Remember what it was like to go out on a date with someone, only knowing his or her name, among other basic details? Remember what it was like to find love notes on your car? Or learn about a person's hopes and dreams by becoming emotionally saturated through gripping conversation?
Our generation, one that lovingly relishes in the concept of instant gratification, has single-handedly managed to undermine the art of dating by means of technological evolution.
How, you ask? Via speech bubbles that appear on a 2 x 4 screen. Yes, texting has become a necessary means for communication, but it is that element of convenience that has led to dating's downfall.
Long gone are the days of daydreaming and waiting for your rotary phone to ring. The mailman won't roll up to your house and implant an envelope laced with his cologne into your mailbox.
Most likely, that "Hey, what's up?" text you receive at 11:45 pm on a Saturday night isn't posed as an inquisition that will lead to discussing your future goals.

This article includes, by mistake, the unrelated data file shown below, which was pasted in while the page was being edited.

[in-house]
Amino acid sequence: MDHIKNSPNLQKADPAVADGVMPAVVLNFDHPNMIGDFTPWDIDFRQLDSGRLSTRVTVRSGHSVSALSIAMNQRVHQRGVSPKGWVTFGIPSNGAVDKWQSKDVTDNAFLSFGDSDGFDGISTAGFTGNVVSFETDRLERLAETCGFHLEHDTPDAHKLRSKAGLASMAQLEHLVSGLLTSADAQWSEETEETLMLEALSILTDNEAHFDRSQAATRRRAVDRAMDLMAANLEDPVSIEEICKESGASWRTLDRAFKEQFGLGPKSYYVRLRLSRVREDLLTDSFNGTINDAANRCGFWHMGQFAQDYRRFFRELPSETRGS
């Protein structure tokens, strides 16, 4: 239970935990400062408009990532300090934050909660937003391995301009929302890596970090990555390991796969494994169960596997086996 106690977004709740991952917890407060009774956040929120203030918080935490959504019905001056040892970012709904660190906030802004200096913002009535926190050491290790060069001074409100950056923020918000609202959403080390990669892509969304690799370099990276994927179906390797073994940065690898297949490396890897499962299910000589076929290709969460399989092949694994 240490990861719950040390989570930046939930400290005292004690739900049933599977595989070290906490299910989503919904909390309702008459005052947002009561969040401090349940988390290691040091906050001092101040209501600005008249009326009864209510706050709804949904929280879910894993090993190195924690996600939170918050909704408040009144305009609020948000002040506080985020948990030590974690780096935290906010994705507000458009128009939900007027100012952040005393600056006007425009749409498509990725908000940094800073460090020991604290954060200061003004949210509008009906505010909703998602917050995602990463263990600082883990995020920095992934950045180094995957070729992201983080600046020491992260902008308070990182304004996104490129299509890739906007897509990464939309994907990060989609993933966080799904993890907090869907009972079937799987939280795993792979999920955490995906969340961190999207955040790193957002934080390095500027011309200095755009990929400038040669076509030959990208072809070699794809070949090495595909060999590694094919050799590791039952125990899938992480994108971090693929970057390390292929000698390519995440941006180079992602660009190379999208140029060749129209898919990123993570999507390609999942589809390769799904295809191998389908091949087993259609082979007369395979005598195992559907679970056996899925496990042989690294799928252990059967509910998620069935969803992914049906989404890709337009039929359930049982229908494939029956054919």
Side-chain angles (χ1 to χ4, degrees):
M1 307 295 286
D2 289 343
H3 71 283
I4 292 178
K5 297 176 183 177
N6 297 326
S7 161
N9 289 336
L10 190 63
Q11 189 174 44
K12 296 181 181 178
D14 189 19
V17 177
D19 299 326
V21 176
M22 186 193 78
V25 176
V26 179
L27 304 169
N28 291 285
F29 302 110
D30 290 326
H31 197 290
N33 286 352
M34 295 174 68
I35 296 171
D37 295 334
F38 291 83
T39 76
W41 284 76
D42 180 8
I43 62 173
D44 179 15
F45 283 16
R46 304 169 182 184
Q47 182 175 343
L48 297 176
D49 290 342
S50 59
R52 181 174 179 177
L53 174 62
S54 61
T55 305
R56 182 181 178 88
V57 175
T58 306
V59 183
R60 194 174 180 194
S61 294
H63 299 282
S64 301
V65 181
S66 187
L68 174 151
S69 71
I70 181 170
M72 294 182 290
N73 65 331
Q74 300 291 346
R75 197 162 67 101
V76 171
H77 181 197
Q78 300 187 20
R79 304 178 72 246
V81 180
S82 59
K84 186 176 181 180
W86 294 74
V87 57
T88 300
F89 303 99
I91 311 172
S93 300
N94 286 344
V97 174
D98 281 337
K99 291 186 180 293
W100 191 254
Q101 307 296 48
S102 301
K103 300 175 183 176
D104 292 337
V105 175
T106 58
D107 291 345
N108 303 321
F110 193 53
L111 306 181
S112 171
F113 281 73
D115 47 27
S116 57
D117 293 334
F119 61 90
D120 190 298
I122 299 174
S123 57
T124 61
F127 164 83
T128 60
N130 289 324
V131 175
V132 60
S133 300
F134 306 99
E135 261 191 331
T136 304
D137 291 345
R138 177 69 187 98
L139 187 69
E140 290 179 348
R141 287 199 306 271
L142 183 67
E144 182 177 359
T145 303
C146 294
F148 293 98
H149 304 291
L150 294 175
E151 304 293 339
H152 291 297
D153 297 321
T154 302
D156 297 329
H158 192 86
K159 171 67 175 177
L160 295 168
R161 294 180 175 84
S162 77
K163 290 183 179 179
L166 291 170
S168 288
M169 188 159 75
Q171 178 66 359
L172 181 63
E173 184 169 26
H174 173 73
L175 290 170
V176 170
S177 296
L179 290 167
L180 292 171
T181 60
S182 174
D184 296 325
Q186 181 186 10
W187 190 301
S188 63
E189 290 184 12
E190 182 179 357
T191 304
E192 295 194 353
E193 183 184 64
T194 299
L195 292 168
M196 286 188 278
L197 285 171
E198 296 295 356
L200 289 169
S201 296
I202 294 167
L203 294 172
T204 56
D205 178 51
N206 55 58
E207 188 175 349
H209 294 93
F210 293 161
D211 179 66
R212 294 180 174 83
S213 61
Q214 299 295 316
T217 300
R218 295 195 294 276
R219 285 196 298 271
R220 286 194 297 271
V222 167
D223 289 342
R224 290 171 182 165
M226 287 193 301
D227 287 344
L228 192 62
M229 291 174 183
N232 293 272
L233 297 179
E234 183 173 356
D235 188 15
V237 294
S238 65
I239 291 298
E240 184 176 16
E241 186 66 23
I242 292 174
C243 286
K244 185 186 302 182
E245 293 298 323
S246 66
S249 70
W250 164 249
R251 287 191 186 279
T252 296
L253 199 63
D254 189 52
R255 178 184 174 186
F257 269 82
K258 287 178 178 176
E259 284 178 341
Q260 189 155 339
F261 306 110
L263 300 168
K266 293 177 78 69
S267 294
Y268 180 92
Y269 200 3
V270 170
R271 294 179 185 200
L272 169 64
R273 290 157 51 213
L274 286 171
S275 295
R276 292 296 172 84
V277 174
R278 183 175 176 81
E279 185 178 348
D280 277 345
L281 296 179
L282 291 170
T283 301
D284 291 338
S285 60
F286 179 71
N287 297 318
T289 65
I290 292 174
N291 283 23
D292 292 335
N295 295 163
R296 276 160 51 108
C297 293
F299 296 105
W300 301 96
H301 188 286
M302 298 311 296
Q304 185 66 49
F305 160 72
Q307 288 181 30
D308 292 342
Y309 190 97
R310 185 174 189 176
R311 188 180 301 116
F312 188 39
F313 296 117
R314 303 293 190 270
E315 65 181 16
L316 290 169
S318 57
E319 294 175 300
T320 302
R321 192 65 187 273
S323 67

What was once a classic and exploratory-like rendezvous has morphed into something that is routine and expected rather than treasured. When texting is abused in the "getting to know you" stage in the dating processes, it's like leading the cart before the horse.
Why should he take you out to dinner when he feels he can adequately entertain you [for free] by sending intriguing text messages? Think about it and let me give you the 411 as to why texting has tainted the beauty and pleasure that encases the dating process:
1. The details are spoiled through text
There is no fun in sitting down and getting to know someone if you already know the majority of the details about him or her.
Personal anecdotes become stories that you've already heard; there is no extremely new and interesting knowledge that is garnered as you casually sip your coffee or swirl the pasta around your fork in a desultory manner.
It's one thing to cover the basics through phone conversations, like family life, occupation, location, education. Once you uncover the juicy, fun details about his favorite color, why Wednesday is his best day of the week, how 137 became his lucky number or how he takes his coffee black with two Equals and a sprinkle of nutmeg, what else is there? Sheer boredom, that's what.
Too much talking without seeing each other in person is an unequivocal in-person tragedy. There is no air of mystery, no details that have been left lingering in the wind, making you hungry for more.